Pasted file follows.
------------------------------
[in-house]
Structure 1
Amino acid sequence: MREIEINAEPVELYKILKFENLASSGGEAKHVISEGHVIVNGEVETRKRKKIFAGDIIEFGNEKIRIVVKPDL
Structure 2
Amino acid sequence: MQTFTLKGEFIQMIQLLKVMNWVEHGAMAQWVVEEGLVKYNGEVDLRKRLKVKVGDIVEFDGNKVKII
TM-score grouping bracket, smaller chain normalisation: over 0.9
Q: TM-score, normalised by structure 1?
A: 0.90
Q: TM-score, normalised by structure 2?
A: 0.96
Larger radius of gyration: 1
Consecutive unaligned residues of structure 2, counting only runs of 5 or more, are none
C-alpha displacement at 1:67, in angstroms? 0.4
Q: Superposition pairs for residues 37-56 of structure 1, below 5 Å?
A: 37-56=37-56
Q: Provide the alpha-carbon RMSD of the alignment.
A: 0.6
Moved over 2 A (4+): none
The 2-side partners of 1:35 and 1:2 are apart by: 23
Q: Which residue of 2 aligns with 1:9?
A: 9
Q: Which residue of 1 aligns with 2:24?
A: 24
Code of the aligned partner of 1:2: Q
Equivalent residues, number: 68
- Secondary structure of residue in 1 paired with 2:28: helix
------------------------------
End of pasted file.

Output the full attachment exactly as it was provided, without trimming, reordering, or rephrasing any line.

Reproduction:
[in-house]
Structure 1
Amino acid sequence: MREIEINAEPVELYKILKFENLASSGGEAKHVISEGHVIVNGEVETRKRKKIFAGDIIEFGNEKIRIVVKPDL
Structure 2
Amino acid sequence: MQTFTLKGEFIQMIQLLKVMNWVEHGAMAQWVVEEGLVKYNGEVDLRKRLKVKVGDIVEFDGNKVKII
TM-score grouping bracket, smaller chain normalisation: over 0.9
Q: TM-score, normalised by structure 1?
A: 0.90
Q: TM-score, normalised by structure 2?
A: 0.96
Larger radius of gyration: 1
Consecutive unaligned residues of structure 2, counting only runs of 5 or more, are none
C-alpha displacement at 1:67, in angstroms? 0.4
Q: Superposition pairs for residues 37-56 of structure 1, below 5 Å?
A: 37-56=37-56
Q: Provide the alpha-carbon RMSD of the alignment.
A: 0.6
Moved over 2 A (4+): none
The 2-side partners of 1:35 and 1:2 are apart by: 23
Q: Which residue of 2 aligns with 1:9?
A: 9
Q: Which residue of 1 aligns with 2:24?
A: 24
Code of the aligned partner of 1:2: Q
Equivalent residues, number: 68
- Secondary structure of residue in 1 paired with 2:28: helix